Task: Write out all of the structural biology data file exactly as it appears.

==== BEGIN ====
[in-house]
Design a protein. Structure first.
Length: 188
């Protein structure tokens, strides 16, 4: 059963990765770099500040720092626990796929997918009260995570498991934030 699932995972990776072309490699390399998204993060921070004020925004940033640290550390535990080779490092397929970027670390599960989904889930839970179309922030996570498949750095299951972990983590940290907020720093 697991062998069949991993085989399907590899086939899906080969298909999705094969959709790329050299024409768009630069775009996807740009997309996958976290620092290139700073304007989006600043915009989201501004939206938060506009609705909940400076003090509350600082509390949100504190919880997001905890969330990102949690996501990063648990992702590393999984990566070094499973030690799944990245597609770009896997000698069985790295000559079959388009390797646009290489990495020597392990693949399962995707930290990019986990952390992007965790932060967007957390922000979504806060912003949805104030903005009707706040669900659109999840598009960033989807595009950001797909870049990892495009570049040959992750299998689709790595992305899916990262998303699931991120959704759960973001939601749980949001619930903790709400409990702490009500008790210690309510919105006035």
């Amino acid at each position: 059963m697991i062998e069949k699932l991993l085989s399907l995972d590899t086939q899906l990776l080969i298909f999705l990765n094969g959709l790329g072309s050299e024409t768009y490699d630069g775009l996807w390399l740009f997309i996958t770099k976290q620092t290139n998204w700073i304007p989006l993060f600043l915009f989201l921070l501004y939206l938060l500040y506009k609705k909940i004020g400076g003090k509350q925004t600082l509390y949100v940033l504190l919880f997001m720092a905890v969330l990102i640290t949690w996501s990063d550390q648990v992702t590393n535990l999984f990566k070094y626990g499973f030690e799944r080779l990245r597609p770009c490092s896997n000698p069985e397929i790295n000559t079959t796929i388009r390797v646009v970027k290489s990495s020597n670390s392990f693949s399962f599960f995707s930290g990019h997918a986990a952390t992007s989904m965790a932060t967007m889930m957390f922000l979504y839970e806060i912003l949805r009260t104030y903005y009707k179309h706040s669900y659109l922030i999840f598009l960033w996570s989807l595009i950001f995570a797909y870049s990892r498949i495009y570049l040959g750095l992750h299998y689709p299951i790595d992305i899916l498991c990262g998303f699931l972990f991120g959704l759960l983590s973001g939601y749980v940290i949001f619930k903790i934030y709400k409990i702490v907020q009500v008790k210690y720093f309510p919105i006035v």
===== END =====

[in-house]
Design a protein. Structure first.
Length: 188
């Protein structure tokens, strides 16, 4: 059963990765770099500040720092626990796929997918009260995570498991934030 699932995972990776072309490699390399998204993060921070004020925004940033640290550390535990080779490092397929970027670390599960989904889930839970179309922030996570498949750095299951972990983590940290907020720093 697991062998069949991993085989399907590899086939899906080969298909999705094969959709790329050299024409768009630069775009996807740009997309996958976290620092290139700073304007989006600043915009989201501004939206938060506009609705909940400076003090509350600082509390949100504190919880997001905890969330990102949690996501990063648990992702590393999984990566070094499973030690799944990245597609770009896997000698069985790295000559079959388009390797646009290489990495020597392990693949399962995707930290990019986990952390992007965790932060967007957390922000979504806060912003949805104030903005009707706040669900659109999840598009960033989807595009950001797909870049990892495009570049040959992750299998689709790595992305899916990262998303699931991120959704759960973001939601749980949001619930903790709400409990702490009500008790210690309510919105006035």
């Amino acid at each position: 059963m697991i062998e069949k699932l991993l085989s399907l995972d590899t086939q899906l990776l080969i298909f999705l990765n094969g959709l790329g072309s050299e024409t768009y490699d630069g775009l996807w390399l740009f997309i996958t770099k976290q620092t290139n998204w700073i304007p989006l993060f600043l915009f989201l921070l501004y939206l938060l500040y506009k609705k909940i004020g400076g003090k509350q925004t600082l509390y949100v940033l504190l919880f997001m720092a905890v969330l990102i640290t949690w996501s990063d550390q648990v992702t590393n535990l999984f990566k070094y626990g499973f030690e799944r080779l990245r597609p770009c490092s896997n000698p069985e397929i790295n000559t079959t796929i388009r390797v646009v970027k290489s990495s020597n670390s392990f693949s399962f599960f995707s930290g990019h997918a986990a952390t992007s989904m965790a932060t967007m889930m957390f922000l979504y839970e806060i912003l949805r009260t104030y903005y009707k179309h706040s669900y659109l922030i999840f598009l960033w996570s989807l595009i950001f995570a797909y870049s990892r498949i495009y570049l040959g750095l992750h299998y689709p299951i790595d992305i899916l498991c990262g998303f699931l972990f991120g959704l759960l983590s973001g939601y749980v940290i949001f619930k903790i934030y709400k409990i702490v907020q009500v008790k210690y720093f309510p919105i006035v």